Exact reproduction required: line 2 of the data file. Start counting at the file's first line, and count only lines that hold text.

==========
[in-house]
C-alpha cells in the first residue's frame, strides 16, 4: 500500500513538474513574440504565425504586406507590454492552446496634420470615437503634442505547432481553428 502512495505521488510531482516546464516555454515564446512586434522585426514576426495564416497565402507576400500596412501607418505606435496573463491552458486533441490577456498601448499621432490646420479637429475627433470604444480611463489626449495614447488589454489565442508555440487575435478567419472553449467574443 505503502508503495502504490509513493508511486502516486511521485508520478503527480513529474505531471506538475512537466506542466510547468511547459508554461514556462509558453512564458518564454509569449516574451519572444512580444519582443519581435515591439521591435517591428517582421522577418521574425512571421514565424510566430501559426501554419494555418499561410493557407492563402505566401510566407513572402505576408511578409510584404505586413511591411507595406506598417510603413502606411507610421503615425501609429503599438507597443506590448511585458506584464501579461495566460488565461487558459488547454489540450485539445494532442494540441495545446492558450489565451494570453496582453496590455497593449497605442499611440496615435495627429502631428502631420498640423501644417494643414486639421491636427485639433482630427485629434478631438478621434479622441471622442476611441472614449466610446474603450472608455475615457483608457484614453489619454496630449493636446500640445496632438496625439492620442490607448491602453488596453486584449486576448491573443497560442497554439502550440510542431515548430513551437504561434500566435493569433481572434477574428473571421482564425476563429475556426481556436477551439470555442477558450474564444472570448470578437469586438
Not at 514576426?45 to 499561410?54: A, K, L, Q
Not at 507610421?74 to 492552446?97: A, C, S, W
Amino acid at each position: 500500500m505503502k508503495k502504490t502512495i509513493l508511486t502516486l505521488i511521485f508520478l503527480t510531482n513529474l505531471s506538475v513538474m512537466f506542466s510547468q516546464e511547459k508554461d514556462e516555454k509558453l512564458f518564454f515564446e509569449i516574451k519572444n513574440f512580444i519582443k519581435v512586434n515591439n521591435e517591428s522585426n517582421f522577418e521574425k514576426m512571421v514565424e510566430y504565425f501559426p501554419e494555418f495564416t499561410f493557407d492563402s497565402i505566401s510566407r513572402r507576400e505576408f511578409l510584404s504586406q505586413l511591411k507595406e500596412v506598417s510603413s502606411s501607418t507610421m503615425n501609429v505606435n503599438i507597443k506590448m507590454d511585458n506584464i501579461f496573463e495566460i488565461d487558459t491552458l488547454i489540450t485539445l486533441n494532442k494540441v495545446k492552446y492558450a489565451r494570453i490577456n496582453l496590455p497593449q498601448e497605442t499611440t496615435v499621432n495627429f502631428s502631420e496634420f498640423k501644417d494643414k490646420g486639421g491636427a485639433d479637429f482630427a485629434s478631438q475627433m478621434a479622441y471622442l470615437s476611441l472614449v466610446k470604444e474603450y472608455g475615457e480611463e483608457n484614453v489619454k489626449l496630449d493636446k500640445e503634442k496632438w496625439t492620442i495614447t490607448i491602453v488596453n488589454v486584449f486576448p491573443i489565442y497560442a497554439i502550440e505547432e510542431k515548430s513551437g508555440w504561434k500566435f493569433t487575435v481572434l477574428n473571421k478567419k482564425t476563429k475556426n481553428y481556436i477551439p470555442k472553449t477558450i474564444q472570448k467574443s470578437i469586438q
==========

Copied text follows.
C-alpha cells in the first residue's frame, strides 16, 4: 500500500513538474513574440504565425504586406507590454492552446496634420470615437503634442505547432481553428 502512495505521488510531482516546464516555454515564446512586434522585426514576426495564416497565402507576400500596412501607418505606435496573463491552458486533441490577456498601448499621432490646420479637429475627433470604444480611463489626449495614447488589454489565442508555440487575435478567419472553449467574443 505503502508503495502504490509513493508511486502516486511521485508520478503527480513529474505531471506538475512537466506542466510547468511547459508554461514556462509558453512564458518564454509569449516574451519572444512580444519582443519581435515591439521591435517591428517582421522577418521574425512571421514565424510566430501559426501554419494555418499561410493557407492563402505566401510566407513572402505576408511578409510584404505586413511591411507595406506598417510603413502606411507610421503615425501609429503599438507597443506590448511585458506584464501579461495566460488565461487558459488547454489540450485539445494532442494540441495545446492558450489565451494570453496582453496590455497593449497605442499611440496615435495627429502631428502631420498640423501644417494643414486639421491636427485639433482630427485629434478631438478621434479622441471622442476611441472614449466610446474603450472608455475615457483608457484614453489619454496630449493636446500640445496632438496625439492620442490607448491602453488596453486584449486576448491573443497560442497554439502550440510542431515548430513551437504561434500566435493569433481572434477574428473571421482564425476563429475556426481556436477551439470555442477558450474564444472570448470578437469586438